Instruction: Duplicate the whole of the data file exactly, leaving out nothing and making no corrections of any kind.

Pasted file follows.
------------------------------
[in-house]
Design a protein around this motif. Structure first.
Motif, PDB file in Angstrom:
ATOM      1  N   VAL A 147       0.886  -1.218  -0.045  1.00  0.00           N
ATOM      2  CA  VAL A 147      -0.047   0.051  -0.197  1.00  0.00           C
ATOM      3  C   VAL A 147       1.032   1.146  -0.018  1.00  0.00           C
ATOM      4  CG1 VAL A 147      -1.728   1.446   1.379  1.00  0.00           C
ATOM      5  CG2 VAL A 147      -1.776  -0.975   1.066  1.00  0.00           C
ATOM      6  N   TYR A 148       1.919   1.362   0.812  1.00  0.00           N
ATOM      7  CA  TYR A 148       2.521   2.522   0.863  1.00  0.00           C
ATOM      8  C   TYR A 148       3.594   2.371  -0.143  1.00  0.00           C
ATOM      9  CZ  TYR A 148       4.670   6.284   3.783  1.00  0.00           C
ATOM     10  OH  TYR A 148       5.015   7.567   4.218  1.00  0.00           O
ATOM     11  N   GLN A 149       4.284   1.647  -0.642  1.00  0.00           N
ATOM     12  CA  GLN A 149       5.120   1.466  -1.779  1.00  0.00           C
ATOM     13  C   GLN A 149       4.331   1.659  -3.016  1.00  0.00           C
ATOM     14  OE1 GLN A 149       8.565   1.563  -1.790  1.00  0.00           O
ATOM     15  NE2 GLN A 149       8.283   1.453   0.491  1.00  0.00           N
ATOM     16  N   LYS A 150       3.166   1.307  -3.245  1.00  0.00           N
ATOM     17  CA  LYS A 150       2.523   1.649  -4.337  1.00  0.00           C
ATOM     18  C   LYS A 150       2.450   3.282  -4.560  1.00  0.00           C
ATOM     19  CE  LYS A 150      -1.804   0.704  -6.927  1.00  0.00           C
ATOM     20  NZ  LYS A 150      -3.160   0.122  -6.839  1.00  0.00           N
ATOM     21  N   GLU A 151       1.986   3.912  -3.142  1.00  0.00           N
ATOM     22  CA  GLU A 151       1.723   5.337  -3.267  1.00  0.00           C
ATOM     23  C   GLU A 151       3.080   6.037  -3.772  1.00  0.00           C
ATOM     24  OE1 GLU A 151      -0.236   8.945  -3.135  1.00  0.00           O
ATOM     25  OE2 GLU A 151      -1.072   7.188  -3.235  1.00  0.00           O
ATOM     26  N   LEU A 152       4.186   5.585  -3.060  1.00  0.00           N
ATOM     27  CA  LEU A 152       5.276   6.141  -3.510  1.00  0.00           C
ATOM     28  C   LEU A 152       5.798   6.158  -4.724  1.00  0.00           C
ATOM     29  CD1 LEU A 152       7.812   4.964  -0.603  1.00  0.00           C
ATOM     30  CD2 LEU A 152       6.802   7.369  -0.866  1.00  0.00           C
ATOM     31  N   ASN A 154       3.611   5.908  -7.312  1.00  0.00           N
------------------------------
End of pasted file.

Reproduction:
[in-house]
Design a protein around this motif. Structure first.
Motif, PDB file in Angstrom:
ATOM      1  N   VAL A 147       0.886  -1.218  -0.045  1.00  0.00           N
ATOM      2  CA  VAL A 147      -0.047   0.051  -0.197  1.00  0.00           C
ATOM      3  C   VAL A 147       1.032   1.146  -0.018  1.00  0.00           C
ATOM      4  CG1 VAL A 147      -1.728   1.446   1.379  1.00  0.00           C
ATOM      5  CG2 VAL A 147      -1.776  -0.975   1.066  1.00  0.00           C
ATOM      6  N   TYR A 148       1.919   1.362   0.812  1.00  0.00           N
ATOM      7  CA  TYR A 148       2.521   2.522   0.863  1.00  0.00           C
ATOM      8  C   TYR A 148       3.594   2.371  -0.143  1.00  0.00           C
ATOM      9  CZ  TYR A 148       4.670   6.284   3.783  1.00  0.00           C
ATOM     10  OH  TYR A 148       5.015   7.567   4.218  1.00  0.00           O
ATOM     11  N   GLN A 149       4.284   1.647  -0.642  1.00  0.00           N
ATOM     12  CA  GLN A 149       5.120   1.466  -1.779  1.00  0.00           C
ATOM     13  C   GLN A 149       4.331   1.659  -3.016  1.00  0.00           C
ATOM     14  OE1 GLN A 149       8.565   1.563  -1.790  1.00  0.00           O
ATOM     15  NE2 GLN A 149       8.283   1.453   0.491  1.00  0.00           N
ATOM     16  N   LYS A 150       3.166   1.307  -3.245  1.00  0.00           N
ATOM     17  CA  LYS A 150       2.523   1.649  -4.337  1.00  0.00           C
ATOM     18  C   LYS A 150       2.450   3.282  -4.560  1.00  0.00           C
ATOM     19  CE  LYS A 150      -1.804   0.704  -6.927  1.00  0.00           C
ATOM     20  NZ  LYS A 150      -3.160   0.122  -6.839  1.00  0.00           N
ATOM     21  N   GLU A 151       1.986   3.912  -3.142  1.00  0.00           N
ATOM     22  CA  GLU A 151       1.723   5.337  -3.267  1.00  0.00           C
ATOM     23  C   GLU A 151       3.080   6.037  -3.772  1.00  0.00           C
ATOM     24  OE1 GLU A 151      -0.236   8.945  -3.135  1.00  0.00           O
ATOM     25  OE2 GLU A 151      -1.072   7.188  -3.235  1.00  0.00           O
ATOM     26  N   LEU A 152       4.186   5.585  -3.060  1.00  0.00           N
ATOM     27  CA  LEU A 152       5.276   6.141  -3.510  1.00  0.00           C
ATOM     28  C   LEU A 152       5.798   6.158  -4.724  1.00  0.00           C
ATOM     29  CD1 LEU A 152       7.812   4.964  -0.603  1.00  0.00           C
ATOM     30  CD2 LEU A 152       6.802   7.369  -0.866  1.00  0.00           C
ATOM     31  N   ASN A 154       3.611   5.908  -7.312  1.00  0.00           N